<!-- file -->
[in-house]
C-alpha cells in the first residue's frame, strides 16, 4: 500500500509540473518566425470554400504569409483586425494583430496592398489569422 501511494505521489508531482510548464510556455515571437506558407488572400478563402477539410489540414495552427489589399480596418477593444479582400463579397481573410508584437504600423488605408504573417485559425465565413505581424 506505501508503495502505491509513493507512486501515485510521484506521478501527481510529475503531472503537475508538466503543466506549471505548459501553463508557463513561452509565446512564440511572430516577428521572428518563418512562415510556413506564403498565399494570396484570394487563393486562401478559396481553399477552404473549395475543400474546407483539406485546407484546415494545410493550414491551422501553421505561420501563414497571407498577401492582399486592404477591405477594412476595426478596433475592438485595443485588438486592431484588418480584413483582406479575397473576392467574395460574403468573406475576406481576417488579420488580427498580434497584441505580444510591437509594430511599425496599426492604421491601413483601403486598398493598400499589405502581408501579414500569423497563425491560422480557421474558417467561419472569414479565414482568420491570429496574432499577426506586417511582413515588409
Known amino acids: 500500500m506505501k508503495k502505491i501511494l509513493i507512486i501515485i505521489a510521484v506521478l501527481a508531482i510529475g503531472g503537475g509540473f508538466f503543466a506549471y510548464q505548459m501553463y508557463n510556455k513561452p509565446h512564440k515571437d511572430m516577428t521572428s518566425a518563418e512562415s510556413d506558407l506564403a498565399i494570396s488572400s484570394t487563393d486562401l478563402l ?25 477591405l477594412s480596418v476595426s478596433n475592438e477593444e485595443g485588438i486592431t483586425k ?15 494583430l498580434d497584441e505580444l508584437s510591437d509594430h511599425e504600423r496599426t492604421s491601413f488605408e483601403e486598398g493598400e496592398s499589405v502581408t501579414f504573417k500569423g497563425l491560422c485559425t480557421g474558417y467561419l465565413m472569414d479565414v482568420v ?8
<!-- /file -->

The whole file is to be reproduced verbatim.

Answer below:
[in-house]
C-alpha cells in the first residue's frame, strides 16, 4: 500500500509540473518566425470554400504569409483586425494583430496592398489569422 501511494505521489508531482510548464510556455515571437506558407488572400478563402477539410489540414495552427489589399480596418477593444479582400463579397481573410508584437504600423488605408504573417485559425465565413505581424 506505501508503495502505491509513493507512486501515485510521484506521478501527481510529475503531472503537475508538466503543466506549471505548459501553463508557463513561452509565446512564440511572430516577428521572428518563418512562415510556413506564403498565399494570396484570394487563393486562401478559396481553399477552404473549395475543400474546407483539406485546407484546415494545410493550414491551422501553421505561420501563414497571407498577401492582399486592404477591405477594412476595426478596433475592438485595443485588438486592431484588418480584413483582406479575397473576392467574395460574403468573406475576406481576417488579420488580427498580434497584441505580444510591437509594430511599425496599426492604421491601413483601403486598398493598400499589405502581408501579414500569423497563425491560422480557421474558417467561419472569414479565414482568420491570429496574432499577426506586417511582413515588409
Known amino acids: 500500500m506505501k508503495k502505491i501511494l509513493i507512486i501515485i505521489a510521484v506521478l501527481a508531482i510529475g503531472g503537475g509540473f508538466f503543466a506549471y510548464q505548459m501553463y508557463n510556455k513561452p509565446h512564440k515571437d511572430m516577428t521572428s518566425a518563418e512562415s510556413d506558407l506564403a498565399i494570396s488572400s484570394t487563393d486562401l478563402l ?25 477591405l477594412s480596418v476595426s478596433n475592438e477593444e485595443g485588438i486592431t483586425k ?15 494583430l498580434d497584441e505580444l508584437s510591437d509594430h511599425e504600423r496599426t492604421s491601413f488605408e483601403e486598398g493598400e496592398s499589405v502581408t501579414f504573417k500569423g497563425l491560422c485559425t480557421g474558417y467561419l465565413m472569414d479565414v482568420v ?8